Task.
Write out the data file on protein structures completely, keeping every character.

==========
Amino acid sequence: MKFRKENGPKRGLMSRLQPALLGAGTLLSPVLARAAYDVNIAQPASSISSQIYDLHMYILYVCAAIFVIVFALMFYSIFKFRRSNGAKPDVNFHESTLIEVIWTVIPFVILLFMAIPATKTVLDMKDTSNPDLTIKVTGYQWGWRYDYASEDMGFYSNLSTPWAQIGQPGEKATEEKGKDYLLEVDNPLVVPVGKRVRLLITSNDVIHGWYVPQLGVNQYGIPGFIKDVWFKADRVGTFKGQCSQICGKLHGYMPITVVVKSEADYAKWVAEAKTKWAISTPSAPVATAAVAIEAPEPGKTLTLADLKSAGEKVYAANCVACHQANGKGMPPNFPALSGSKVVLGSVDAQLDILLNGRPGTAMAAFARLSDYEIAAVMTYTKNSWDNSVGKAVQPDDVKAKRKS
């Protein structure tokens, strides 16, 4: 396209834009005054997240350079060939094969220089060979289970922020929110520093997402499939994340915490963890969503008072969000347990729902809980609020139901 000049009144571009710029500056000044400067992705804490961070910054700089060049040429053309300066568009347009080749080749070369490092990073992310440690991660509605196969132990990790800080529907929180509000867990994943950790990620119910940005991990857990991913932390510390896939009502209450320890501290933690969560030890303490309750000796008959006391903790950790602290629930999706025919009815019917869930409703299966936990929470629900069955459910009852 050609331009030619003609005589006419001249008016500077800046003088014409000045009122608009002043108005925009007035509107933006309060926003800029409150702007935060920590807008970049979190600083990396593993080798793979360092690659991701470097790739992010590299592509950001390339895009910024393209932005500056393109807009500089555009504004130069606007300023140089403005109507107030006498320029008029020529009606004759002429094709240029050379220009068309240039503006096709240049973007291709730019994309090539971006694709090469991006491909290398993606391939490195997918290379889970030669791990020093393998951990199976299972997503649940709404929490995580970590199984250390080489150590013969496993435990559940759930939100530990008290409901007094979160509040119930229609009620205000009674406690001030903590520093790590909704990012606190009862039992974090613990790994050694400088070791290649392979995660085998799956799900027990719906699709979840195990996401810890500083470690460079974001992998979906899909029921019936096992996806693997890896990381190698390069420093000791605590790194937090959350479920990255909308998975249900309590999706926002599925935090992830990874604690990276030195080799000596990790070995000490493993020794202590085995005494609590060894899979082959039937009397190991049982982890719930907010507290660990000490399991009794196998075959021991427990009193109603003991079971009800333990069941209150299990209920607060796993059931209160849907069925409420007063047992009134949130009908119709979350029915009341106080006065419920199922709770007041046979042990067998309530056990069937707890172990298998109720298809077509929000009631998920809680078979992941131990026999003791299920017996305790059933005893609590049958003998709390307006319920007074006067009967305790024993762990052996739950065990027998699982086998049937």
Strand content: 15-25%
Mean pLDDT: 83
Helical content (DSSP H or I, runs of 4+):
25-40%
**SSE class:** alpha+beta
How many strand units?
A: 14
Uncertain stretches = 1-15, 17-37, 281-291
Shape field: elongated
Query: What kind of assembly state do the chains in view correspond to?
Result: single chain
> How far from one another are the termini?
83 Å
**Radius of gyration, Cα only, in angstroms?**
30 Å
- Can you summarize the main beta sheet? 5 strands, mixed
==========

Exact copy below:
Amino acid sequence: MKFRKENGPKRGLMSRLQPALLGAGTLLSPVLARAAYDVNIAQPASSISSQIYDLHMYILYVCAAIFVIVFALMFYSIFKFRRSNGAKPDVNFHESTLIEVIWTVIPFVILLFMAIPATKTVLDMKDTSNPDLTIKVTGYQWGWRYDYASEDMGFYSNLSTPWAQIGQPGEKATEEKGKDYLLEVDNPLVVPVGKRVRLLITSNDVIHGWYVPQLGVNQYGIPGFIKDVWFKADRVGTFKGQCSQICGKLHGYMPITVVVKSEADYAKWVAEAKTKWAISTPSAPVATAAVAIEAPEPGKTLTLADLKSAGEKVYAANCVACHQANGKGMPPNFPALSGSKVVLGSVDAQLDILLNGRPGTAMAAFARLSDYEIAAVMTYTKNSWDNSVGKAVQPDDVKAKRKS
């Protein structure tokens, strides 16, 4: 396209834009005054997240350079060939094969220089060979289970922020929110520093997402499939994340915490963890969503008072969000347990729902809980609020139901 000049009144571009710029500056000044400067992705804490961070910054700089060049040429053309300066568009347009080749080749070369490092990073992310440690991660509605196969132990990790800080529907929180509000867990994943950790990620119910940005991990857990991913932390510390896939009502209450320890501290933690969560030890303490309750000796008959006391903790950790602290629930999706025919009815019917869930409703299966936990929470629900069955459910009852 050609331009030619003609005589006419001249008016500077800046003088014409000045009122608009002043108005925009007035509107933006309060926003800029409150702007935060920590807008970049979190600083990396593993080798793979360092690659991701470097790739992010590299592509950001390339895009910024393209932005500056393109807009500089555009504004130069606007300023140089403005109507107030006498320029008029020529009606004759002429094709240029050379220009068309240039503006096709240049973007291709730019994309090539971006694709090469991006491909290398993606391939490195997918290379889970030669791990020093393998951990199976299972997503649940709404929490995580970590199984250390080489150590013969496993435990559940759930939100530990008290409901007094979160509040119930229609009620205000009674406690001030903590520093790590909704990012606190009862039992974090613990790994050694400088070791290649392979995660085998799956799900027990719906699709979840195990996401810890500083470690460079974001992998979906899909029921019936096992996806693997890896990381190698390069420093000791605590790194937090959350479920990255909308998975249900309590999706926002599925935090992830990874604690990276030195080799000596990790070995000490493993020794202590085995005494609590060894899979082959039937009397190991049982982890719930907010507290660990000490399991009794196998075959021991427990009193109603003991079971009800333990069941209150299990209920607060796993059931209160849907069925409420007063047992009134949130009908119709979350029915009341106080006065419920199922709770007041046979042990067998309530056990069937707890172990298998109720298809077509929000009631998920809680078979992941131990026999003791299920017996305790059933005893609590049958003998709390307006319920007074006067009967305790024993762990052996739950065990027998699982086998049937």
Strand content: 15-25%
Mean pLDDT: 83
Helical content (DSSP H or I, runs of 4+):
25-40%
**SSE class:** alpha+beta
How many strand units?
A: 14
Uncertain stretches = 1-15, 17-37, 281-291
Shape field: elongated
Query: What kind of assembly state do the chains in view correspond to?
Result: single chain
> How far from one another are the termini?
83 Å
**Radius of gyration, Cα only, in angstroms?**
30 Å
- Can you summarize the main beta sheet? 5 strands, mixed